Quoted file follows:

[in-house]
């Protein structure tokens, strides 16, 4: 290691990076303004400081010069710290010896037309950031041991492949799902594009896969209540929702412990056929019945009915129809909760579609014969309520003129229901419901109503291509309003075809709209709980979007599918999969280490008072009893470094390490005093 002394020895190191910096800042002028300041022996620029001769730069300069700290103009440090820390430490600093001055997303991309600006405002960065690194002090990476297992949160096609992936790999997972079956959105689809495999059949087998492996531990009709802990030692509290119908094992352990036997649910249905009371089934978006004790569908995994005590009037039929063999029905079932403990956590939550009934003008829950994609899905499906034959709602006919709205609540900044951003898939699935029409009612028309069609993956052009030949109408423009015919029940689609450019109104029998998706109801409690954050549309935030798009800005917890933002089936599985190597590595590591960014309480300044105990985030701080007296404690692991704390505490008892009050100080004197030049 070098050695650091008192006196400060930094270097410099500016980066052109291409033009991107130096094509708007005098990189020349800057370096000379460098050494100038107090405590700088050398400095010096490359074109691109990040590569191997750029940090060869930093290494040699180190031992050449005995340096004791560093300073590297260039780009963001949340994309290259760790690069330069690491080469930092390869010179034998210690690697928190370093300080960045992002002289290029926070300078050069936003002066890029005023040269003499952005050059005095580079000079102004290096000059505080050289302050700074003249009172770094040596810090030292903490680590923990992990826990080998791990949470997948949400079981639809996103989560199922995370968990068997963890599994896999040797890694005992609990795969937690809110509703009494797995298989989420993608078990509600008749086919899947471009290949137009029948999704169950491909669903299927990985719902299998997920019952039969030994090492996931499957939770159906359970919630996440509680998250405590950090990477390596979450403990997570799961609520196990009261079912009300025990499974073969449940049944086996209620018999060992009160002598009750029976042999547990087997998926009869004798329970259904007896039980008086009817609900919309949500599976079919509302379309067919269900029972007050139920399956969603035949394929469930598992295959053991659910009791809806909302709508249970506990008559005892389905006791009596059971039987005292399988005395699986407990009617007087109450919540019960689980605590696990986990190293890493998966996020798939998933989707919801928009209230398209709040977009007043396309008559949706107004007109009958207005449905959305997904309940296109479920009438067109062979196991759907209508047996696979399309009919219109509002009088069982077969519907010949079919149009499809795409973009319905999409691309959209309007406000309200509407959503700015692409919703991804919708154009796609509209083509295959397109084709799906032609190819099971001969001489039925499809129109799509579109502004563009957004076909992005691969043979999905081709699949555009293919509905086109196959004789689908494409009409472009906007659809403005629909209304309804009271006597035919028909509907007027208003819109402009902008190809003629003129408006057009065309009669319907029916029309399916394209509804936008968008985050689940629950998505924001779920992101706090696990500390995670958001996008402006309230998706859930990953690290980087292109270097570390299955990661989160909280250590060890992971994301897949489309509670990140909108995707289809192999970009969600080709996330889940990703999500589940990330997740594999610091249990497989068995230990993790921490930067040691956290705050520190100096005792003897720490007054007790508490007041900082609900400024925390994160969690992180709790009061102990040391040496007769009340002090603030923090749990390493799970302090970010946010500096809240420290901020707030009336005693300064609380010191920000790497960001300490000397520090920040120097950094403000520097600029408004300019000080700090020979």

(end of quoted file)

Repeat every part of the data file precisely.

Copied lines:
[in-house]
């Protein structure tokens, strides 16, 4: 290691990076303004400081010069710290010896037309950031041991492949799902594009896969209540929702412990056929019945009915129809909760579609014969309520003129229901419901109503291509309003075809709209709980979007599918999969280490008072009893470094390490005093 002394020895190191910096800042002028300041022996620029001769730069300069700290103009440090820390430490600093001055997303991309600006405002960065690194002090990476297992949160096609992936790999997972079956959105689809495999059949087998492996531990009709802990030692509290119908094992352990036997649910249905009371089934978006004790569908995994005590009037039929063999029905079932403990956590939550009934003008829950994609899905499906034959709602006919709205609540900044951003898939699935029409009612028309069609993956052009030949109408423009015919029940689609450019109104029998998706109801409690954050549309935030798009800005917890933002089936599985190597590595590591960014309480300044105990985030701080007296404690692991704390505490008892009050100080004197030049 070098050695650091008192006196400060930094270097410099500016980066052109291409033009991107130096094509708007005098990189020349800057370096000379460098050494100038107090405590700088050398400095010096490359074109691109990040590569191997750029940090060869930093290494040699180190031992050449005995340096004791560093300073590297260039780009963001949340994309290259760790690069330069690491080469930092390869010179034998210690690697928190370093300080960045992002002289290029926070300078050069936003002066890029005023040269003499952005050059005095580079000079102004290096000059505080050289302050700074003249009172770094040596810090030292903490680590923990992990826990080998791990949470997948949400079981639809996103989560199922995370968990068997963890599994896999040797890694005992609990795969937690809110509703009494797995298989989420993608078990509600008749086919899947471009290949137009029948999704169950491909669903299927990985719902299998997920019952039969030994090492996931499957939770159906359970919630996440509680998250405590950090990477390596979450403990997570799961609520196990009261079912009300025990499974073969449940049944086996209620018999060992009160002598009750029976042999547990087997998926009869004798329970259904007896039980008086009817609900919309949500599976079919509302379309067919269900029972007050139920399956969603035949394929469930598992295959053991659910009791809806909302709508249970506990008559005892389905006791009596059971039987005292399988005395699986407990009617007087109450919540019960689980605590696990986990190293890493998966996020798939998933989707919801928009209230398209709040977009007043396309008559949706107004007109009958207005449905959305997904309940296109479920009438067109062979196991759907209508047996696979399309009919219109509002009088069982077969519907010949079919149009499809795409973009319905999409691309959209309007406000309200509407959503700015692409919703991804919708154009796609509209083509295959397109084709799906032609190819099971001969001489039925499809129109799509579109502004563009957004076909992005691969043979999905081709699949555009293919509905086109196959004789689908494409009409472009906007659809403005629909209304309804009271006597035919028909509907007027208003819109402009902008190809003629003129408006057009065309009669319907029916029309399916394209509804936008968008985050689940629950998505924001779920992101706090696990500390995670958001996008402006309230998706859930990953690290980087292109270097570390299955990661989160909280250590060890992971994301897949489309509670990140909108995707289809192999970009969600080709996330889940990703999500589940990330997740594999610091249990497989068995230990993790921490930067040691956290705050520190100096005792003897720490007054007790508490007041900082609900400024925390994160969690992180709790009061102990040391040496007769009340002090603030923090749990390493799970302090970010946010500096809240420290901020707030009336005693300064609380010191920000790497960001300490000397520090920040120097950094403000520097600029408004300019000080700090020979």